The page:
He Pukapuka Tataku I Nga Mahi a Te Rauparaha Nui
Te Rauparaha is most well known today as the composer of the haka ‘Ka mate’, made famous the world over by the All Blacks. A major figure in nineteenth-century history, Te Rauparaha was responsible for rearranging the tribal landscape of a large part of the country after leading his tribe Ngāti Toa to migrate to Kapiti Island. He is venerated by his own descendants but reviled with equal passion by the descendants of those tribes who were on the receiving end of his military campaigns in the musket-war era.
He Pukapuka Tātaku i ngā Mahi a Te Rauparaha Nui is a 50,000-word account in te reo Māori of Te Rauparaha’s life, written by his son Tamihana Te Rauparaha between 1866 and 1869. A pioneering work of Māori (and, indeed, indigenous) biography, Tamihana’s narrative weaves together the oral accounts of his father and other kaumātua to produce an extraordinary record of Te Rauparaha and his rapidly changing world.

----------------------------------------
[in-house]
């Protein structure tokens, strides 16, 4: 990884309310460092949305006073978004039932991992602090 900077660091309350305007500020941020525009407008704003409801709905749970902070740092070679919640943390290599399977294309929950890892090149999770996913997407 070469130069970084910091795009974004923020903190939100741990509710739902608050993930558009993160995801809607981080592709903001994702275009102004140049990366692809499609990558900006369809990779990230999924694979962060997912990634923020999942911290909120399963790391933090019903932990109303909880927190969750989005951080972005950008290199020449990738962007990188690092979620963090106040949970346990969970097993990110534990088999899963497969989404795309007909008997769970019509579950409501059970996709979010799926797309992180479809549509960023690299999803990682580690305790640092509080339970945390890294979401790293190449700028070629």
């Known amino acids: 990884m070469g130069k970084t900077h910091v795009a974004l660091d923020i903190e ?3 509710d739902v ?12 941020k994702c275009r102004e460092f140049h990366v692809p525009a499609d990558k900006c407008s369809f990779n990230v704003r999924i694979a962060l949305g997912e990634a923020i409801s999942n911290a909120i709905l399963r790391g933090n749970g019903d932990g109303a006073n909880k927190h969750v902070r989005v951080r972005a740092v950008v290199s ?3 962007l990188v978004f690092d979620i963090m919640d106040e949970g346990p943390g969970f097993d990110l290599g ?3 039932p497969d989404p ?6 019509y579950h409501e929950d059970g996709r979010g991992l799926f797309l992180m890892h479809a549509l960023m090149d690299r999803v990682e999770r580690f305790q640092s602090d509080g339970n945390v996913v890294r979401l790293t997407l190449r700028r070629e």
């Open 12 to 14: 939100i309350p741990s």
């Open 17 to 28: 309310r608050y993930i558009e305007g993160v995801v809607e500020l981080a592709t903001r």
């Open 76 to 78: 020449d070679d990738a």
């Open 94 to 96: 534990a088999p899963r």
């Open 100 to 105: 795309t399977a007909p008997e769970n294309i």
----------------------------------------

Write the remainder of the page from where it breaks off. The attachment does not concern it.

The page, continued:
Edited and translated by Ross Calman, a descendant of Te Rauparaha, He Pukapuka Tātaku i ngā Mahi a Te Rauparaha Nui makes available for the first time this major work of Māori literature in a parallel Māori/English edition.